Pescanova Lenders Said to Oppose Debt Restructuring Proposal

Lenders to Pescanova SA, the Spanish fishing company trying to avoid liquidation, won’t back a restructuring plan proposed by shareholders.

Creditors will seek to seize control of Pescanova after an April 15 deadline set by a bankruptcy court for the plans from shareholders Damm SA, the Spanish brewer, and Luxempart SA, according to two people familiar with the matter, who asked not to be identified because they’re not authorized to speak about it. The banks plan to find an industrial partner to manage the company, the people said.

The operator of fish farms and processing plants from Spain to Chile, as well as more than 90 ships, needs to win agreement from more than 50 percent of creditors by April 15 to carry out the restructuring plan. Pescanova offered creditors a larger equity stake in exchange for additional capital under a modified restructuring proposal published March 19.

Auditors found Pontevedra, Galicia-based Pescanova had more than 2 billion euros ($2.8 billion) of previously undisclosed debt after it filed for creditor protection in April, prompting a fraud investigation.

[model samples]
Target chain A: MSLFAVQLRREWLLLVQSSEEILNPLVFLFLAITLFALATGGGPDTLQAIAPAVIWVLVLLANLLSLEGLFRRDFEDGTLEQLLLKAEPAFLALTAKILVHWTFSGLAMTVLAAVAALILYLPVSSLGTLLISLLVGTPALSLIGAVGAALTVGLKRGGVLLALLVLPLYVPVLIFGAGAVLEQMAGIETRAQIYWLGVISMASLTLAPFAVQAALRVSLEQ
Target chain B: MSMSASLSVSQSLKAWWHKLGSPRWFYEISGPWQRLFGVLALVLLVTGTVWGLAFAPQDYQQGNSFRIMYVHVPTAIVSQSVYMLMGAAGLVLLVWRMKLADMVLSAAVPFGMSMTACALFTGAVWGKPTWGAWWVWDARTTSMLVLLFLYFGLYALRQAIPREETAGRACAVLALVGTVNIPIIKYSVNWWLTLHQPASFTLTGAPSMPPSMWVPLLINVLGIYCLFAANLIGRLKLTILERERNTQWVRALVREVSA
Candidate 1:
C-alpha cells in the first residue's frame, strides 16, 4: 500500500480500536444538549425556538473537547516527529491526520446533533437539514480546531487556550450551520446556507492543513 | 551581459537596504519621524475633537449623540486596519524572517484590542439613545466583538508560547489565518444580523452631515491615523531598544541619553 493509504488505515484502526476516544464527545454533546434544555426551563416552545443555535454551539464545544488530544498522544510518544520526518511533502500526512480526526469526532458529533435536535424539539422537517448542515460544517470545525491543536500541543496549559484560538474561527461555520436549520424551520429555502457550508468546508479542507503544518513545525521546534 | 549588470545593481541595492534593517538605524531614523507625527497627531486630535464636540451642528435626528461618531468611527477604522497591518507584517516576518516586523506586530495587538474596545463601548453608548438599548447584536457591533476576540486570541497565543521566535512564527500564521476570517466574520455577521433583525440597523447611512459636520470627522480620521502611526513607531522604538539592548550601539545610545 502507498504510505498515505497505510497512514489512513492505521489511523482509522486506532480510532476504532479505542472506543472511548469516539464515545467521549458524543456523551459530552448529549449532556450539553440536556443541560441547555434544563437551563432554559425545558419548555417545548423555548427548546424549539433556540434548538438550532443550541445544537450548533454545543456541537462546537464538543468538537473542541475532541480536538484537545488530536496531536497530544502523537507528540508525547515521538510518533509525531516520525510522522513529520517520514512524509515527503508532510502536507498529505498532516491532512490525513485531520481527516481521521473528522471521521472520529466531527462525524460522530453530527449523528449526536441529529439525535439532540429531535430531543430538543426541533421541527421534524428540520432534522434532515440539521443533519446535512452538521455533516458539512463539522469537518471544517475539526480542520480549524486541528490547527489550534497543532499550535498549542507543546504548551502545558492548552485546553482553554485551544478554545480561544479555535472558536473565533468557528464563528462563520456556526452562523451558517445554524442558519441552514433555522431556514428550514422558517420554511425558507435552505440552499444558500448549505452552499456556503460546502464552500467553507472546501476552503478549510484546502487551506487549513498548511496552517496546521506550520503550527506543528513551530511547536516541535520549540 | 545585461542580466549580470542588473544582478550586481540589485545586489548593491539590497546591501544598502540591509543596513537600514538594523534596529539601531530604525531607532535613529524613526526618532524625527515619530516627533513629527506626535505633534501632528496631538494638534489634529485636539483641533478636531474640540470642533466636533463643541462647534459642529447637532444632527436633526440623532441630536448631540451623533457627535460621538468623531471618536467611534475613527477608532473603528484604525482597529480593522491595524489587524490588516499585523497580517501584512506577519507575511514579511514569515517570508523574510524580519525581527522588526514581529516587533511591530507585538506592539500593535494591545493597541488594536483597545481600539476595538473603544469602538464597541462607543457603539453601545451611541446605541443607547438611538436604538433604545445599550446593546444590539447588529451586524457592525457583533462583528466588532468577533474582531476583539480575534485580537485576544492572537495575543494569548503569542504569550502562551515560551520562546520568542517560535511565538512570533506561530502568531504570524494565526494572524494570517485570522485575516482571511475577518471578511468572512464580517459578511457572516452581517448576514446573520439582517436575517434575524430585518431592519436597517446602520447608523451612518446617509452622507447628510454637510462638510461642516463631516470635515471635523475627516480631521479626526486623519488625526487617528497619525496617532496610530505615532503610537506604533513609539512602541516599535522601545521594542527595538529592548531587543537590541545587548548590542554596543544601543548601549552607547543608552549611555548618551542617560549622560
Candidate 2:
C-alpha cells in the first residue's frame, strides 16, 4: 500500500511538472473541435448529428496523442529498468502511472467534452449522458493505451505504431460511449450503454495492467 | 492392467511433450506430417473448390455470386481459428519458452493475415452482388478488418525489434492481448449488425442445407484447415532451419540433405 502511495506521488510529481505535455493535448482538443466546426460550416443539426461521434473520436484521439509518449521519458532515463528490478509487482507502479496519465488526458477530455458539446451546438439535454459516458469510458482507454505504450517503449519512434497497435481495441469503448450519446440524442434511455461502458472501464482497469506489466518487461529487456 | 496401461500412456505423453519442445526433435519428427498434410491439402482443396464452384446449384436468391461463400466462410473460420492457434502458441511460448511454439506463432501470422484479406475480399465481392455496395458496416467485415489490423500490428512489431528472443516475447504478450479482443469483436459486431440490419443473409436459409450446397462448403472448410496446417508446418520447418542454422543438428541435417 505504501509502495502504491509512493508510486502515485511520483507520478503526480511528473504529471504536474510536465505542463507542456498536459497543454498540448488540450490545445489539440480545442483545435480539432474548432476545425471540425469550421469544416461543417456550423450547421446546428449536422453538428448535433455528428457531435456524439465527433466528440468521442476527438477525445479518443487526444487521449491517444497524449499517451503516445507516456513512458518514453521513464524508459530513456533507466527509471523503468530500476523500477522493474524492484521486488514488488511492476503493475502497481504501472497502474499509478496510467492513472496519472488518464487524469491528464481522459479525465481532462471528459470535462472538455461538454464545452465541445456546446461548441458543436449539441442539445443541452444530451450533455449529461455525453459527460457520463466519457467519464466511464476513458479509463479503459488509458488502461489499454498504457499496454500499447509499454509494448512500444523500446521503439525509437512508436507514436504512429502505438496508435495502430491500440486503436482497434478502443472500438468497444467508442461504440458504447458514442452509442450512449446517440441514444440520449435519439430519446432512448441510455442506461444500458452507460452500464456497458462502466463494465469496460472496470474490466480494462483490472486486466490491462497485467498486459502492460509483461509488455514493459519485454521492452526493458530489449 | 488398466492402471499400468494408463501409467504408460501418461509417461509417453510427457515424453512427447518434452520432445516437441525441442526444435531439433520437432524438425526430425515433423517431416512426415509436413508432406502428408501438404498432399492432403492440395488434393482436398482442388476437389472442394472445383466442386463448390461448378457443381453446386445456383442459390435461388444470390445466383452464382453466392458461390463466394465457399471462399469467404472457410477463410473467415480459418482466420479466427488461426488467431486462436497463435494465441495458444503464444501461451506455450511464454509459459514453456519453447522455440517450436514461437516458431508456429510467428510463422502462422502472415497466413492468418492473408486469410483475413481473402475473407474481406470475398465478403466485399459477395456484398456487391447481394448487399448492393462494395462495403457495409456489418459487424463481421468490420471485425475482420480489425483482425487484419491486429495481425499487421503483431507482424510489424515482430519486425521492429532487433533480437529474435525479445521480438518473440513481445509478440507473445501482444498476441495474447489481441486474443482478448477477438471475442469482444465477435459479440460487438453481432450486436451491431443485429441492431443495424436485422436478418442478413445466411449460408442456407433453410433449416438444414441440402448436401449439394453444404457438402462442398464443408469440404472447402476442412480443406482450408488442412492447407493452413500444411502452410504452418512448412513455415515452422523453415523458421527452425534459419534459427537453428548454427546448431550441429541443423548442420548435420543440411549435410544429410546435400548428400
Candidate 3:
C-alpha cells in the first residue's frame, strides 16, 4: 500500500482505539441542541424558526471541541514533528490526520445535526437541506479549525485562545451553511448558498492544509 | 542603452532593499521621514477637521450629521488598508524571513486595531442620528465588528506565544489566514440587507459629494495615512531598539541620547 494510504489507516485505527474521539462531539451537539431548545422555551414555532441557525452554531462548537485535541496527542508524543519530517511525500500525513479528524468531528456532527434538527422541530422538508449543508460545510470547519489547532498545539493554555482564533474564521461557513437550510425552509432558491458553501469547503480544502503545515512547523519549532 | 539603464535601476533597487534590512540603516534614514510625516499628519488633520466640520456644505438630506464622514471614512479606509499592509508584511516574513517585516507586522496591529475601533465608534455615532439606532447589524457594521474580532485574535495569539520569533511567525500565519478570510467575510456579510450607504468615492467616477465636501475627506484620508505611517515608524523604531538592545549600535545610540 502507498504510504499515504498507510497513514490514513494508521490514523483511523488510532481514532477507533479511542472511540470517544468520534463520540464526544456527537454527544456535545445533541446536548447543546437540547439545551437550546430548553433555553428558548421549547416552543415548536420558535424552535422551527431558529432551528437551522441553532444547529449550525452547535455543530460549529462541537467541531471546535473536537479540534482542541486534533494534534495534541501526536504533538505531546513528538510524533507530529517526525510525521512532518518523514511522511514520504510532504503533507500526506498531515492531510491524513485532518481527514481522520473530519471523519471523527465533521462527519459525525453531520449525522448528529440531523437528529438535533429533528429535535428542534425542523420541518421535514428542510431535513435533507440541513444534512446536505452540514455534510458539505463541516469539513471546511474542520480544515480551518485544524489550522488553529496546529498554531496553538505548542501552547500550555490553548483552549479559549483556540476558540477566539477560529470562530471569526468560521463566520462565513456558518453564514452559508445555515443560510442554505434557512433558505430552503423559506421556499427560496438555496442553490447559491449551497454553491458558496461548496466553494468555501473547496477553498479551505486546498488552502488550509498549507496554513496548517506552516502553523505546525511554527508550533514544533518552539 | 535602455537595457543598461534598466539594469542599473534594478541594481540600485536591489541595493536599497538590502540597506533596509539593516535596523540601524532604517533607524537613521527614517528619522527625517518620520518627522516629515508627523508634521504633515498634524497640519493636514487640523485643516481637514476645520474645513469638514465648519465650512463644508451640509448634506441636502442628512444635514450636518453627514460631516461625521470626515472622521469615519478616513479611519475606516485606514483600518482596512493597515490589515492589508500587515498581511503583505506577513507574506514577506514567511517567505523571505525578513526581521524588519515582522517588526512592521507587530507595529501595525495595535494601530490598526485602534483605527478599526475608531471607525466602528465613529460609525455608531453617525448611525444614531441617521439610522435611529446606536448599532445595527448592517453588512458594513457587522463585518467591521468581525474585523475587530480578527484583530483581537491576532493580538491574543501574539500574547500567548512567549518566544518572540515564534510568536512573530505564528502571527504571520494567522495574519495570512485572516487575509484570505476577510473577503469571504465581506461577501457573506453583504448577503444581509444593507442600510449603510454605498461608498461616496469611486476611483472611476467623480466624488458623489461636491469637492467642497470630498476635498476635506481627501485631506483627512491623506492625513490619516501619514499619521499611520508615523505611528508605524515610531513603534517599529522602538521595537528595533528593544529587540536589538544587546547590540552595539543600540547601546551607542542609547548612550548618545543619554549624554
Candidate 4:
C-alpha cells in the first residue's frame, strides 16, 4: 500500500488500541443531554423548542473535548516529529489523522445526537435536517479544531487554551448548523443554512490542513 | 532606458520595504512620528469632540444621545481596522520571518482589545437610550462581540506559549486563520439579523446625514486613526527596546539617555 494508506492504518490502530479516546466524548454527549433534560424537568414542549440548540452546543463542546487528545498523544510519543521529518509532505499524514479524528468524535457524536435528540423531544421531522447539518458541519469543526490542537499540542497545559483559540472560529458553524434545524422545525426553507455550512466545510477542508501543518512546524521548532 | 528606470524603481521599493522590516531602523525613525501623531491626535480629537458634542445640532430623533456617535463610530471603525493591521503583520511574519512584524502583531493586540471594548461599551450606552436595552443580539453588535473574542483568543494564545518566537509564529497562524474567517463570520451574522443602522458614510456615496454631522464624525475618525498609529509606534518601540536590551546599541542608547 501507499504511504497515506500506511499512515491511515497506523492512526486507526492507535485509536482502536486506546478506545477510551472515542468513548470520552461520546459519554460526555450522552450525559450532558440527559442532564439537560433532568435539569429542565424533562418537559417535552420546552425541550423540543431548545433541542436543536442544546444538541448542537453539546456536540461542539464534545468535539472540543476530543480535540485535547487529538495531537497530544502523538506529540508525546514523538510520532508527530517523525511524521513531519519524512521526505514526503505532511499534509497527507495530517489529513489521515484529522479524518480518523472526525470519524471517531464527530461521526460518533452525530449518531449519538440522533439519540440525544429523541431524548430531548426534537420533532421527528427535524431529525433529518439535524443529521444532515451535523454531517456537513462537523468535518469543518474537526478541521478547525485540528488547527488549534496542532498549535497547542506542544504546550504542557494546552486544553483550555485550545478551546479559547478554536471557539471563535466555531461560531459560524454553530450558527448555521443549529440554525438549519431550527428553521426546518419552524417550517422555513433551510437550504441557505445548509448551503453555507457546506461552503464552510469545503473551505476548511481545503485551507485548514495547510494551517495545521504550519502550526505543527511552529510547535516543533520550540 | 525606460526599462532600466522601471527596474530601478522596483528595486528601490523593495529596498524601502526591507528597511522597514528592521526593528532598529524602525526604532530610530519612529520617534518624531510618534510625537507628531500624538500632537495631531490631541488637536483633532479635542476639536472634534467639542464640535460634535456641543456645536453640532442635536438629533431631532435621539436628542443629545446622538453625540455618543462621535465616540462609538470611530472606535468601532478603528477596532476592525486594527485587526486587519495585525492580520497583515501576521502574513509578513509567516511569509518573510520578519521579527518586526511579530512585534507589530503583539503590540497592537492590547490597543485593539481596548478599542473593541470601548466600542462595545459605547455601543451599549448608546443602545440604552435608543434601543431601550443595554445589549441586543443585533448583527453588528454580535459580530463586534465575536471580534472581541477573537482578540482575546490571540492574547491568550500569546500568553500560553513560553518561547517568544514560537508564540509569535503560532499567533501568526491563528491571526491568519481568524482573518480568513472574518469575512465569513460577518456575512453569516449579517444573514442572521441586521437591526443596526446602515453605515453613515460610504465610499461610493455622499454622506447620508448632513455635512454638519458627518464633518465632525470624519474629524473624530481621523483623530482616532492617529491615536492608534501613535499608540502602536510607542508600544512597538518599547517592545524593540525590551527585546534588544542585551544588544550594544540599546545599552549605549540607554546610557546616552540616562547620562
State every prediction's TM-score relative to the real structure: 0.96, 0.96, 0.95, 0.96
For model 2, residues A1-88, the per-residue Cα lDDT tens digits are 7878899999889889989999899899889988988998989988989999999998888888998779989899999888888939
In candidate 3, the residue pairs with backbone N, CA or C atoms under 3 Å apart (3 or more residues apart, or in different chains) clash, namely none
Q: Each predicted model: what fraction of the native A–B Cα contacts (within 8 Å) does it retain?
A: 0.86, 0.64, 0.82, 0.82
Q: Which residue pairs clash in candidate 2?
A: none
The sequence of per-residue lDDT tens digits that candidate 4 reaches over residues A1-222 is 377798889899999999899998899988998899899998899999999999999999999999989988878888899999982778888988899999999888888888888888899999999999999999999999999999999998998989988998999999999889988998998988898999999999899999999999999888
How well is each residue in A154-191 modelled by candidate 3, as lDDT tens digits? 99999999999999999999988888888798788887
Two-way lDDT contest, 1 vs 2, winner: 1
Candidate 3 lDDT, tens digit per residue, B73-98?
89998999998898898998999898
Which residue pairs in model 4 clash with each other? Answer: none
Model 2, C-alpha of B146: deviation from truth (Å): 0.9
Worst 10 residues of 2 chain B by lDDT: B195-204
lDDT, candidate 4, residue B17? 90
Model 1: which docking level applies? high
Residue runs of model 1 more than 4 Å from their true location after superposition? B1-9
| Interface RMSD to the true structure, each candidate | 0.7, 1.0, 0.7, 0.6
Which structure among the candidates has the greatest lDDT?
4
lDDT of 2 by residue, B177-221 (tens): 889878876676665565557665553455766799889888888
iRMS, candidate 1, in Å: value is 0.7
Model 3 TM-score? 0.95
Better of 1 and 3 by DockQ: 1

Pescanova had 3.25 billion euros of net debt at the end of 2012, according to a Dec. 10 statement from court-appointed administrator Deloitte LLP. First-half results from 2012 reported financial debt was 968 million euros at the end of June.

The seven banks that comprise the steering committee of lenders are Banco Bilbao Vizcaya Argentaria SA, Banco Popular Espanol SA, Banco Sabadell SA, Bankia SA, CaixaBank SA, NCG Banco SA and Unione di Banche Italiane SCPA, the people said. The lenders planned to meet today to discuss the company’s future, they said.

A Pescanova official, who asked not to be identified citing company policy, declined to comment on the restructuring.

“We consider that the proposal Pescanova has presented is the best for the company given that it’s focused on securing its viability and doesn’t leave the company with an unsustainable debt load,” Damm said in an e-mailed statement. “The accord is fair for all parties involved.”

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